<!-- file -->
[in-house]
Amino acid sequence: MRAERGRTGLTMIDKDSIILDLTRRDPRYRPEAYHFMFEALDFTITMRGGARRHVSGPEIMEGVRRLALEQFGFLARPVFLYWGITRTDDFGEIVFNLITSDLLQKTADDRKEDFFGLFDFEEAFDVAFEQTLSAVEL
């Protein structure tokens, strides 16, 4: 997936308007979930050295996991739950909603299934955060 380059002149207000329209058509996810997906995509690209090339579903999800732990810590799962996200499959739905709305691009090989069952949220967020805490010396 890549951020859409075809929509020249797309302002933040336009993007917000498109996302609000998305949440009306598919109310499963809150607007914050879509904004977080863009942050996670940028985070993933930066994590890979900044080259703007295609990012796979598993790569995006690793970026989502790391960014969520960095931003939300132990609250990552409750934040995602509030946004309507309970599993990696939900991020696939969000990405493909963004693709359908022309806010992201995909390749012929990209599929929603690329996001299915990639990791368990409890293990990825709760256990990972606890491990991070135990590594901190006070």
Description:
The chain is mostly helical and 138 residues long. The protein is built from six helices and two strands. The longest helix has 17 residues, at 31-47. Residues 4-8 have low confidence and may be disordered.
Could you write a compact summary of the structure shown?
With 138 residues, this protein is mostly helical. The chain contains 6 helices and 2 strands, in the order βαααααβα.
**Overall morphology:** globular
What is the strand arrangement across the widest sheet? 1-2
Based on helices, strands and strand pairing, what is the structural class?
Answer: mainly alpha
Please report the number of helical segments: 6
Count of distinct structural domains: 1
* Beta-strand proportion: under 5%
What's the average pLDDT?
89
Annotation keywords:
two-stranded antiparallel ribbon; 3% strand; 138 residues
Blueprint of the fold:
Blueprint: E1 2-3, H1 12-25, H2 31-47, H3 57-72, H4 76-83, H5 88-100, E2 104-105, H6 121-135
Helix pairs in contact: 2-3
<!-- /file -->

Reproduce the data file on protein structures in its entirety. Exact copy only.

[in-house]
Amino acid sequence: MRAERGRTGLTMIDKDSIILDLTRRDPRYRPEAYHFMFEALDFTITMRGGARRHVSGPEIMEGVRRLALEQFGFLARPVFLYWGITRTDDFGEIVFNLITSDLLQKTADDRKEDFFGLFDFEEAFDVAFEQTLSAVEL
């Protein structure tokens, strides 16, 4: 997936308007979930050295996991739950909603299934955060 380059002149207000329209058509996810997906995509690209090339579903999800732990810590799962996200499959739905709305691009090989069952949220967020805490010396 890549951020859409075809929509020249797309302002933040336009993007917000498109996302609000998305949440009306598919109310499963809150607007914050879509904004977080863009942050996670940028985070993933930066994590890979900044080259703007295609990012796979598993790569995006690793970026989502790391960014969520960095931003939300132990609250990552409750934040995602509030946004309507309970599993990696939900991020696939969000990405493909963004693709359908022309806010992201995909390749012929990209599929929603690329996001299915990639990791368990409890293990990825709760256990990972606890491990991070135990590594901190006070």
Description:
The chain is mostly helical and 138 residues long. The protein is built from six helices and two strands. The longest helix has 17 residues, at 31-47. Residues 4-8 have low confidence and may be disordered.
Could you write a compact summary of the structure shown?
With 138 residues, this protein is mostly helical. The chain contains 6 helices and 2 strands, in the order βαααααβα.
**Overall morphology:** globular
What is the strand arrangement across the widest sheet? 1-2
Based on helices, strands and strand pairing, what is the structural class?
Answer: mainly alpha
Please report the number of helical segments: 6
Count of distinct structural domains: 1
* Beta-strand proportion: under 5%
What's the average pLDDT?
89
Annotation keywords:
two-stranded antiparallel ribbon; 3% strand; 138 residues
Blueprint of the fold:
Blueprint: E1 2-3, H1 12-25, H2 31-47, H3 57-72, H4 76-83, H5 88-100, E2 104-105, H6 121-135
Helix pairs in contact: 2-3